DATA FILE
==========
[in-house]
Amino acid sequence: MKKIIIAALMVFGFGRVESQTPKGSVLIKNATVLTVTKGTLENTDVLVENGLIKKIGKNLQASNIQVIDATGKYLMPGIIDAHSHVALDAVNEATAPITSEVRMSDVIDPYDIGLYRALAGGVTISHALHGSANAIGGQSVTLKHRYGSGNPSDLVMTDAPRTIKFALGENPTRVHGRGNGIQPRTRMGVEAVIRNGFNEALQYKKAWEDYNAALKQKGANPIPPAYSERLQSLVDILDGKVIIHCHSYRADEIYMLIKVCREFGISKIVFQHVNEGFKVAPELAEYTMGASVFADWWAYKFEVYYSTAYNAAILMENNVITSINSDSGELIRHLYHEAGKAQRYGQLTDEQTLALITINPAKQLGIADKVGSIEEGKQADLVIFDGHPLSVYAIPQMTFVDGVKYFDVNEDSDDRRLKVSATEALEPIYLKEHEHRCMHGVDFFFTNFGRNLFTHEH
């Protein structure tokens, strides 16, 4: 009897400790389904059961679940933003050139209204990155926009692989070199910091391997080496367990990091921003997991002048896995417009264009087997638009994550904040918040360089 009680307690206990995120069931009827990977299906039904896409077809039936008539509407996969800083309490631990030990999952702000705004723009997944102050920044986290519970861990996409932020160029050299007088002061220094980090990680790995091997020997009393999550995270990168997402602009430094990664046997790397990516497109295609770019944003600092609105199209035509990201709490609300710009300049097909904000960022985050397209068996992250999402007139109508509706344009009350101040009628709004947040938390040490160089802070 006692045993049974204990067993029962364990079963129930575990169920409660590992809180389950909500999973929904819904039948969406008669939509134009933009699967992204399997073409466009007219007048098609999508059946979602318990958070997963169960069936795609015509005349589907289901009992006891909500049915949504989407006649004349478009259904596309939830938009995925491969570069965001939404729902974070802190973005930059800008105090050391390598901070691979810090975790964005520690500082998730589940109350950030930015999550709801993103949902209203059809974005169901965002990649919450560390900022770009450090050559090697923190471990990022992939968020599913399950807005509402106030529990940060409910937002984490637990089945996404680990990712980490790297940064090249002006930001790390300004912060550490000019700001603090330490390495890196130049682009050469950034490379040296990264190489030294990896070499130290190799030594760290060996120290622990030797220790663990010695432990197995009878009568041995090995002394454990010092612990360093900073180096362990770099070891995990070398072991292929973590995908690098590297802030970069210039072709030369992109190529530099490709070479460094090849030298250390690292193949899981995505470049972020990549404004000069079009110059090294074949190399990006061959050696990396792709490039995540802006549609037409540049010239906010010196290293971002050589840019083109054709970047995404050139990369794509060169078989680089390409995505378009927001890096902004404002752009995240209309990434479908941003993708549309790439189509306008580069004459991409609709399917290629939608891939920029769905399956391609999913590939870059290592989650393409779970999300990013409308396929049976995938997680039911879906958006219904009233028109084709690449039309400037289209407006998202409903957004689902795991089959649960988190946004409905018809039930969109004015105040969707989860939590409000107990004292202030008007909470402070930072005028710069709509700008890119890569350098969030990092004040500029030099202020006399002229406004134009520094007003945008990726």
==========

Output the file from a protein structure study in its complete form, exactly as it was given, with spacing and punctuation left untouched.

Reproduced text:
[in-house]
Amino acid sequence: MKKIIIAALMVFGFGRVESQTPKGSVLIKNATVLTVTKGTLENTDVLVENGLIKKIGKNLQASNIQVIDATGKYLMPGIIDAHSHVALDAVNEATAPITSEVRMSDVIDPYDIGLYRALAGGVTISHALHGSANAIGGQSVTLKHRYGSGNPSDLVMTDAPRTIKFALGENPTRVHGRGNGIQPRTRMGVEAVIRNGFNEALQYKKAWEDYNAALKQKGANPIPPAYSERLQSLVDILDGKVIIHCHSYRADEIYMLIKVCREFGISKIVFQHVNEGFKVAPELAEYTMGASVFADWWAYKFEVYYSTAYNAAILMENNVITSINSDSGELIRHLYHEAGKAQRYGQLTDEQTLALITINPAKQLGIADKVGSIEEGKQADLVIFDGHPLSVYAIPQMTFVDGVKYFDVNEDSDDRRLKVSATEALEPIYLKEHEHRCMHGVDFFFTNFGRNLFTHEH
């Protein structure tokens, strides 16, 4: 009897400790389904059961679940933003050139209204990155926009692989070199910091391997080496367990990091921003997991002048896995417009264009087997638009994550904040918040360089 009680307690206990995120069931009827990977299906039904896409077809039936008539509407996969800083309490631990030990999952702000705004723009997944102050920044986290519970861990996409932020160029050299007088002061220094980090990680790995091997020997009393999550995270990168997402602009430094990664046997790397990516497109295609770019944003600092609105199209035509990201709490609300710009300049097909904000960022985050397209068996992250999402007139109508509706344009009350101040009628709004947040938390040490160089802070 006692045993049974204990067993029962364990079963129930575990169920409660590992809180389950909500999973929904819904039948969406008669939509134009933009699967992204399997073409466009007219007048098609999508059946979602318990958070997963169960069936795609015509005349589907289901009992006891909500049915949504989407006649004349478009259904596309939830938009995925491969570069965001939404729902974070802190973005930059800008105090050391390598901070691979810090975790964005520690500082998730589940109350950030930015999550709801993103949902209203059809974005169901965002990649919450560390900022770009450090050559090697923190471990990022992939968020599913399950807005509402106030529990940060409910937002984490637990089945996404680990990712980490790297940064090249002006930001790390300004912060550490000019700001603090330490390495890196130049682009050469950034490379040296990264190489030294990896070499130290190799030594760290060996120290622990030797220790663990010695432990197995009878009568041995090995002394454990010092612990360093900073180096362990770099070891995990070398072991292929973590995908690098590297802030970069210039072709030369992109190529530099490709070479460094090849030298250390690292193949899981995505470049972020990549404004000069079009110059090294074949190399990006061959050696990396792709490039995540802006549609037409540049010239906010010196290293971002050589840019083109054709970047995404050139990369794509060169078989680089390409995505378009927001890096902004404002752009995240209309990434479908941003993708549309790439189509306008580069004459991409609709399917290629939608891939920029769905399956391609999913590939870059290592989650393409779970999300990013409308396929049976995938997680039911879906958006219904009233028109084709690449039309400037289209407006998202409903957004689902795991089959649960988190946004409905018809039930969109004015105040969707989860939590409000107990004292202030008007909470402070930072005028710069709509700008890119890569350098969030990092004040500029030099202020006399002229406004134009520094007003945008990726």